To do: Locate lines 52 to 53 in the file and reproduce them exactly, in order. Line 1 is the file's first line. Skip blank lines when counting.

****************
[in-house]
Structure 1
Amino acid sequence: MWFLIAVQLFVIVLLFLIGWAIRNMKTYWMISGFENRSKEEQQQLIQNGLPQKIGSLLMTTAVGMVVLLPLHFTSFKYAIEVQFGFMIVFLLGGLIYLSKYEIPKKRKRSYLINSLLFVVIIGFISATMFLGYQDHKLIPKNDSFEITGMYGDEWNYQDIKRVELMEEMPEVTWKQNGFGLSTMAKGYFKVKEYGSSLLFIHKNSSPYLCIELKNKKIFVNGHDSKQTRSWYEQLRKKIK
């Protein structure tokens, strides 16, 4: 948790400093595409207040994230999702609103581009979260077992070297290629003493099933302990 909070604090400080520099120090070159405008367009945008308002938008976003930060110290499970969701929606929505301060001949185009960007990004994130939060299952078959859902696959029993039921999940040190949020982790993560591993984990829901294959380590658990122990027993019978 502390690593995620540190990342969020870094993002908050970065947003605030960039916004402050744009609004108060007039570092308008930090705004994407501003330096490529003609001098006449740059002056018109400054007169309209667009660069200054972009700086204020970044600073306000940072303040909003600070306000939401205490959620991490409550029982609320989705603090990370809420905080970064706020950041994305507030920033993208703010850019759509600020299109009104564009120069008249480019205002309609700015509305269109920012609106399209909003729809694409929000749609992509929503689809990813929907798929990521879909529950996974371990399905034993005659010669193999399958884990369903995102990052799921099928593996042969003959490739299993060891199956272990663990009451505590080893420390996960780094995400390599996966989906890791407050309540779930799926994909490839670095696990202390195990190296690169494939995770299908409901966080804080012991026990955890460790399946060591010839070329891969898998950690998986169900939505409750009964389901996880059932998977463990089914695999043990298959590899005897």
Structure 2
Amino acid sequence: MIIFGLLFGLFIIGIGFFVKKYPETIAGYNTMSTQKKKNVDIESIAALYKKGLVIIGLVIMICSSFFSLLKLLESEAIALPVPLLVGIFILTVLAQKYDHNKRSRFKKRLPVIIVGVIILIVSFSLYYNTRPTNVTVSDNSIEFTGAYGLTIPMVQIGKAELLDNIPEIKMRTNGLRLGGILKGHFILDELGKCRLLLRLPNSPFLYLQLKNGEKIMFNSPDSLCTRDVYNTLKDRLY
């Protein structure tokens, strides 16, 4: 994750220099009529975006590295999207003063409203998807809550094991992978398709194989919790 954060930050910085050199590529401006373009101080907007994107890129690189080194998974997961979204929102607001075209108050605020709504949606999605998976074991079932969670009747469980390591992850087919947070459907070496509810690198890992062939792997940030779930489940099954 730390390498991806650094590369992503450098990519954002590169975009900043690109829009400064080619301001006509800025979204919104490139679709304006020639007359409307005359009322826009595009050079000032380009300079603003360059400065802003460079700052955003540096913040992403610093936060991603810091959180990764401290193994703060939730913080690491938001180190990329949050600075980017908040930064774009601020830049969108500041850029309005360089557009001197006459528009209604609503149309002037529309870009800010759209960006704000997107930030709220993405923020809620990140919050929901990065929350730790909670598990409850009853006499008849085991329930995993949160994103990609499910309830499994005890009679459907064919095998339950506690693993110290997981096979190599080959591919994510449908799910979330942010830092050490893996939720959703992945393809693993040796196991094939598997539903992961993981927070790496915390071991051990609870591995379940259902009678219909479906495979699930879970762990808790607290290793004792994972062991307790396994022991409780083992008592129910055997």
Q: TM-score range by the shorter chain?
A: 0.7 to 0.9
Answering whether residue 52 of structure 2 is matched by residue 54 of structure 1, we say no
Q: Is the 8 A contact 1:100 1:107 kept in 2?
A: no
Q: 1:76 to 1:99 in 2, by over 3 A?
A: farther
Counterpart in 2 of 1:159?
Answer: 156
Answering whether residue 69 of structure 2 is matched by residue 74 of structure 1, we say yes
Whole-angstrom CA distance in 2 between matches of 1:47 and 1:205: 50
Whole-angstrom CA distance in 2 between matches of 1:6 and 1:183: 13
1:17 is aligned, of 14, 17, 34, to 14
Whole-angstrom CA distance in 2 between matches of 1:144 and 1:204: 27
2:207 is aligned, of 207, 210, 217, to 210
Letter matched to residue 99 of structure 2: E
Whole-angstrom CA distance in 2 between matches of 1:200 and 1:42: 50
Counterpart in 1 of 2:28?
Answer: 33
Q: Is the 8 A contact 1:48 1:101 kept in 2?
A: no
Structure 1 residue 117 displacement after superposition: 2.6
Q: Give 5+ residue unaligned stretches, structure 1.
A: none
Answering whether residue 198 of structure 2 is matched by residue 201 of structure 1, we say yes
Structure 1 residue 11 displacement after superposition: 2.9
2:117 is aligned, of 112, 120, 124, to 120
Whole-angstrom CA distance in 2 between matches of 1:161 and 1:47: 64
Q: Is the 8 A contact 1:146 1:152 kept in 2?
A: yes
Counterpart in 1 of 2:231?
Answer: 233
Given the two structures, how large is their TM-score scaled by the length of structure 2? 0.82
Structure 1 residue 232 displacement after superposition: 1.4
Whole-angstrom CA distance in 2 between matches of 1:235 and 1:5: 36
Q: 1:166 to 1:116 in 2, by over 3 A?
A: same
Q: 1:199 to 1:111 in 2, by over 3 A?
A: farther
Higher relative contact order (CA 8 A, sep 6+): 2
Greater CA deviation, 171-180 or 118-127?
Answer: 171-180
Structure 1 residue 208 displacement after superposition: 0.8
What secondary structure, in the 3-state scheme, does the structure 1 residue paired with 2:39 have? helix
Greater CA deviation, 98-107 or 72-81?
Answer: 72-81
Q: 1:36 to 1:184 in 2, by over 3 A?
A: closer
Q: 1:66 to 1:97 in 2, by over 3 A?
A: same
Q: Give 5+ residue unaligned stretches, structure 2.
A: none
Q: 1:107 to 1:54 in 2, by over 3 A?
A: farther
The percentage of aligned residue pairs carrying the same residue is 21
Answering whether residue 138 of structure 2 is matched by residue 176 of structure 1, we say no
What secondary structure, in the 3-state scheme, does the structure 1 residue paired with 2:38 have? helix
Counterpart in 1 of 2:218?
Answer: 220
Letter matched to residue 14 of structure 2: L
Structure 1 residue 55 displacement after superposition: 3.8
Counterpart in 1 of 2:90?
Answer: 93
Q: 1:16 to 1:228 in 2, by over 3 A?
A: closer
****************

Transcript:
Greater CA deviation, 98-107 or 72-81?
Answer: 72-81